* “The League of Gentlemen is a surreal British comedy horror sitcom that premiered . . . in 1999. The programme is set in Royston Vasey, a fictional town in northern England.” (https://en.m.wikipedia.org/wiki/The_League_of_Gentlemen)
Here is an acetate:
Here is John:
I have added a Facebook page for Brace for the Obscure 60s Rock! If you like what you read and hear and feel so inclined, please visit and “like” my Facebook page by clicking here.
Pay to Play! The Off the Charts Spotify Playlist! + Brace for the Obscure 60s Rock Merchandise
Please consider helping to support my website/blog by contributing $6 a month for access to the Off the Charts Spotify Playlist. Using a term familiar to denizens of Capitol Hill, you pay to play! (“relating to or denoting an unethical or illicit arrangement in which payment is made by those who want certain privileges or advantages in such arenas as business, politics, sports, and entertainment” — dictionary.com).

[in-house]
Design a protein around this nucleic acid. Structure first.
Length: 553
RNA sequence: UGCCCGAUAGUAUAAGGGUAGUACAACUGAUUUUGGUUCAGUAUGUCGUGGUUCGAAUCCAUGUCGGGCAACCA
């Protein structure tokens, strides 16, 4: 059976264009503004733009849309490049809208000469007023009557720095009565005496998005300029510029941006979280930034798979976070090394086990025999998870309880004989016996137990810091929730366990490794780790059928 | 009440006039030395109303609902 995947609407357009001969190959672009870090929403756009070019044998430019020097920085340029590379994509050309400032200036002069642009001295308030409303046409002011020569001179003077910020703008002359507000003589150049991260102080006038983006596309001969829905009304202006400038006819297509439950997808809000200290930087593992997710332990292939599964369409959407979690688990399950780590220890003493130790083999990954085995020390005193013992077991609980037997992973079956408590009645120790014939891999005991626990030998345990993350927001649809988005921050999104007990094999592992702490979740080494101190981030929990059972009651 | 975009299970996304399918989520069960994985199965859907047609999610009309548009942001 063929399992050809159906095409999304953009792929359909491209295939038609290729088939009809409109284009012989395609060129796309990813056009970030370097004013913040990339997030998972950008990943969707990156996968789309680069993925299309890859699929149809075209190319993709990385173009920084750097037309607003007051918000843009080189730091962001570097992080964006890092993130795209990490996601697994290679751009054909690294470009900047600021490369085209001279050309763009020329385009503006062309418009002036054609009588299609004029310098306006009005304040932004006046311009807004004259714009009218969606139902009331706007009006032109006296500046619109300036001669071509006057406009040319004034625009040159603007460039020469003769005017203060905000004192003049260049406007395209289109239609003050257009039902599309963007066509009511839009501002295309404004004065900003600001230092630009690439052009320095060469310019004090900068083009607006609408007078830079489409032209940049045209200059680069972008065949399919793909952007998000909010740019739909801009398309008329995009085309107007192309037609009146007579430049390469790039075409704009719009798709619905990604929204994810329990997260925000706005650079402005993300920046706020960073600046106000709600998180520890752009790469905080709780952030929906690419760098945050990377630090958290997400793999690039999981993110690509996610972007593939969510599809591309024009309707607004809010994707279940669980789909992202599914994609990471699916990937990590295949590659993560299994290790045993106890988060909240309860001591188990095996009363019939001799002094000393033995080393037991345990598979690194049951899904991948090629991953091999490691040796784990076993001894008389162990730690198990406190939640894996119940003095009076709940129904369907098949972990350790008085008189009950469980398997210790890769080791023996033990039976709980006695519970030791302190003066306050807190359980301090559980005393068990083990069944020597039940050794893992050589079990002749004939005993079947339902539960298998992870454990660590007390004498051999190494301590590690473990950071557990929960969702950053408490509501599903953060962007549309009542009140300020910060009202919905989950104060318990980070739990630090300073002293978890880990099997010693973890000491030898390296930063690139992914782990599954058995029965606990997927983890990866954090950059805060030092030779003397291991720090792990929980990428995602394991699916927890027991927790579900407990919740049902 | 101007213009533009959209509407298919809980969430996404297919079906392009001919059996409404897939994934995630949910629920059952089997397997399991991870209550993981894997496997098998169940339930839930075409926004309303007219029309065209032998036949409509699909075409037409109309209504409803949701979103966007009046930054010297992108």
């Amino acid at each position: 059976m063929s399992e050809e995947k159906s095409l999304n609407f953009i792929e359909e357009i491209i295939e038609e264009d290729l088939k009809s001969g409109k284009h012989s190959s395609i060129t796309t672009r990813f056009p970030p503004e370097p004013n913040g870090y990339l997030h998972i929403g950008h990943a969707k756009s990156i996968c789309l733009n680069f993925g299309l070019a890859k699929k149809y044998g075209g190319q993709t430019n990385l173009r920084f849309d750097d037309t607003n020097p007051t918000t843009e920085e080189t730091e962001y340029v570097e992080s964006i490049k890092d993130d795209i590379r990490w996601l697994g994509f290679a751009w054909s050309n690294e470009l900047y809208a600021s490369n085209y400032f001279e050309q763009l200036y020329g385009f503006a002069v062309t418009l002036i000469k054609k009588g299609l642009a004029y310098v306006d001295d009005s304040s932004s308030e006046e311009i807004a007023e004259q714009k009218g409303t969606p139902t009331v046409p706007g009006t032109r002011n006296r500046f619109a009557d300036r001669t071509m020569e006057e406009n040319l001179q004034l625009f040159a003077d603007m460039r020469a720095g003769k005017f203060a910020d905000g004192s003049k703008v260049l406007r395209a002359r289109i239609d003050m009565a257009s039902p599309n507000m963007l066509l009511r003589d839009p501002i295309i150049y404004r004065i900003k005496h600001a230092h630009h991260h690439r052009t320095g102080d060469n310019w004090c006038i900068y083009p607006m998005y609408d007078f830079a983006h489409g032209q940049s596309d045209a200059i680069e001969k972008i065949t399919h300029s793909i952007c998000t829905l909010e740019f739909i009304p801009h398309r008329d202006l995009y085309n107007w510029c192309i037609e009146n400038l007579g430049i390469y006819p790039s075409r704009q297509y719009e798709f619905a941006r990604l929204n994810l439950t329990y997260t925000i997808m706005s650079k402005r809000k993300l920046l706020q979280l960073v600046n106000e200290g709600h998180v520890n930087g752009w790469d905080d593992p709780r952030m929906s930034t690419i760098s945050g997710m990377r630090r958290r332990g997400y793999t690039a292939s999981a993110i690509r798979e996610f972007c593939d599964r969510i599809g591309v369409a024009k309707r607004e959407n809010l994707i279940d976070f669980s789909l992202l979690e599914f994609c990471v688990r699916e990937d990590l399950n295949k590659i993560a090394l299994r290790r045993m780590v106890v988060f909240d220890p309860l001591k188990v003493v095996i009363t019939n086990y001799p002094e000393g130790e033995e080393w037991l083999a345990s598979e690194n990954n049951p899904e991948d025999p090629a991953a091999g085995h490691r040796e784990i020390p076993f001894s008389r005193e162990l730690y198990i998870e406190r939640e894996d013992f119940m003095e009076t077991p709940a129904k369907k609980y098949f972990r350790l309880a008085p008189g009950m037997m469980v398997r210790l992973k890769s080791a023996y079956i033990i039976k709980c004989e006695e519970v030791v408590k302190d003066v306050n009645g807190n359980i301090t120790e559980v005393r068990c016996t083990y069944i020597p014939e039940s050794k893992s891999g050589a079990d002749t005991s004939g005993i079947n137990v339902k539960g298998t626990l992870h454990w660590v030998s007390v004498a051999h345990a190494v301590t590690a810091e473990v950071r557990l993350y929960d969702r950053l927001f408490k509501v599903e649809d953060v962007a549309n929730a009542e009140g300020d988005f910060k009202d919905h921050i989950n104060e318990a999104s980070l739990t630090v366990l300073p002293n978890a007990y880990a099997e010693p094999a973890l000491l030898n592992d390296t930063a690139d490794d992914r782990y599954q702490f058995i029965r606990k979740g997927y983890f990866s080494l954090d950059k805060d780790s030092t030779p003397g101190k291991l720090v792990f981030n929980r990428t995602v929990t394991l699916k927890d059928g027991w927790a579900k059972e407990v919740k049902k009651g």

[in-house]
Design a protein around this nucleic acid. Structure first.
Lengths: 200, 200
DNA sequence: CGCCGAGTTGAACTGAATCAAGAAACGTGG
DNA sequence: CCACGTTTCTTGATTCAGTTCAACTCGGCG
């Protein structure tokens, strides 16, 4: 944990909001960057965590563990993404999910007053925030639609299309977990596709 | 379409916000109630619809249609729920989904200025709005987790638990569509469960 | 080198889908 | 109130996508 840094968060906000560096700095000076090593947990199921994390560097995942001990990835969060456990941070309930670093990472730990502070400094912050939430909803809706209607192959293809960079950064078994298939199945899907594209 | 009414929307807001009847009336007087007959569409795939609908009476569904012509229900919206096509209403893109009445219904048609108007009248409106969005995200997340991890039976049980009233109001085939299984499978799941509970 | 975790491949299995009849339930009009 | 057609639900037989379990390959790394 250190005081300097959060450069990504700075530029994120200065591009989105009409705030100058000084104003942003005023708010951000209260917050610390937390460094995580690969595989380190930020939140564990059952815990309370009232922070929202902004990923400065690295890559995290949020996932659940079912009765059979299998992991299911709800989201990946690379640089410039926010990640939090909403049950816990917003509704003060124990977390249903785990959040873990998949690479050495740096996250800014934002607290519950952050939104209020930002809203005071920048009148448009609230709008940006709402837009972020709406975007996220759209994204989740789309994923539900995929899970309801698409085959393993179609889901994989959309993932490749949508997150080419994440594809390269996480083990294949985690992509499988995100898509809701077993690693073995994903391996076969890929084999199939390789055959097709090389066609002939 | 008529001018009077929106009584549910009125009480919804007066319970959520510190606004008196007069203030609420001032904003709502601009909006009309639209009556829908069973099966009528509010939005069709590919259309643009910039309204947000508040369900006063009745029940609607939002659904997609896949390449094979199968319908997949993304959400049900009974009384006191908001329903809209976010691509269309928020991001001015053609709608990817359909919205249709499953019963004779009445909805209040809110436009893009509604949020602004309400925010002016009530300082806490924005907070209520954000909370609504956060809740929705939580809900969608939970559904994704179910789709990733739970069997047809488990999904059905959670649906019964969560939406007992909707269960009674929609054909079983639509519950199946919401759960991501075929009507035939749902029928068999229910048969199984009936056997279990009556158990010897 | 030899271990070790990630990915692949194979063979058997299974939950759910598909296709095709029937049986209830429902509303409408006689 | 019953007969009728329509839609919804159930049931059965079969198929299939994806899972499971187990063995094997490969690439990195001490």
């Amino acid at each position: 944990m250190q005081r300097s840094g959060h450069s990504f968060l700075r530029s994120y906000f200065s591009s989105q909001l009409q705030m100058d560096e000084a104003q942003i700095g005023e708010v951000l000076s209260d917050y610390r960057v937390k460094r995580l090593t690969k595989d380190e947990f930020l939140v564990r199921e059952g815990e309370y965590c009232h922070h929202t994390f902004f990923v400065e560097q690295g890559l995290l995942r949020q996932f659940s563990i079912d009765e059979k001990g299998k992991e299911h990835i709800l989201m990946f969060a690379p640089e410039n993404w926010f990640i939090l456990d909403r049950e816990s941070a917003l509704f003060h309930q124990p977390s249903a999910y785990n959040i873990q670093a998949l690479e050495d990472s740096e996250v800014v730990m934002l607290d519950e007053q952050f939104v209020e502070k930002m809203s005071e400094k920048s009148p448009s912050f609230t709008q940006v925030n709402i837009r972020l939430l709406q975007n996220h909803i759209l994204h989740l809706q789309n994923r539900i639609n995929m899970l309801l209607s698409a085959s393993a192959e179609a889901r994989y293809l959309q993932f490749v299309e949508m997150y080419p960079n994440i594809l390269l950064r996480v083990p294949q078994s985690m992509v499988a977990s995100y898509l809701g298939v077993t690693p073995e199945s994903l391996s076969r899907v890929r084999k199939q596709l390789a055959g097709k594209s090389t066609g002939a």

The playlist includes all the “greatest songs of the 1960’s that no one has ever heard” that are available on Spotify. The playlist will expand each time I feature an available song.
All new subscribers will receive a Brace for the Obscure 60s Rock magnet. New subscribers who sign up for a year will also receive a Brace for the Obscure 60s Rock t-shirt or baseball cap. See pictures on the Pay to Play page.
When subscribing, please send me an e-mail (GMFtma1@gmail.com) or a comment on this site letting me know an e-mail address/phone number/Facebook address, etc. to which I can send instructions on accessing the playlist and a physical address to which I can sent a magnet/t-shirt/baseball cap. If choosing a t-shirt, please let me know the gender and size you prefer.
Just click on the first blue block for a month to month subscription or the second blue block for a yearly subscription.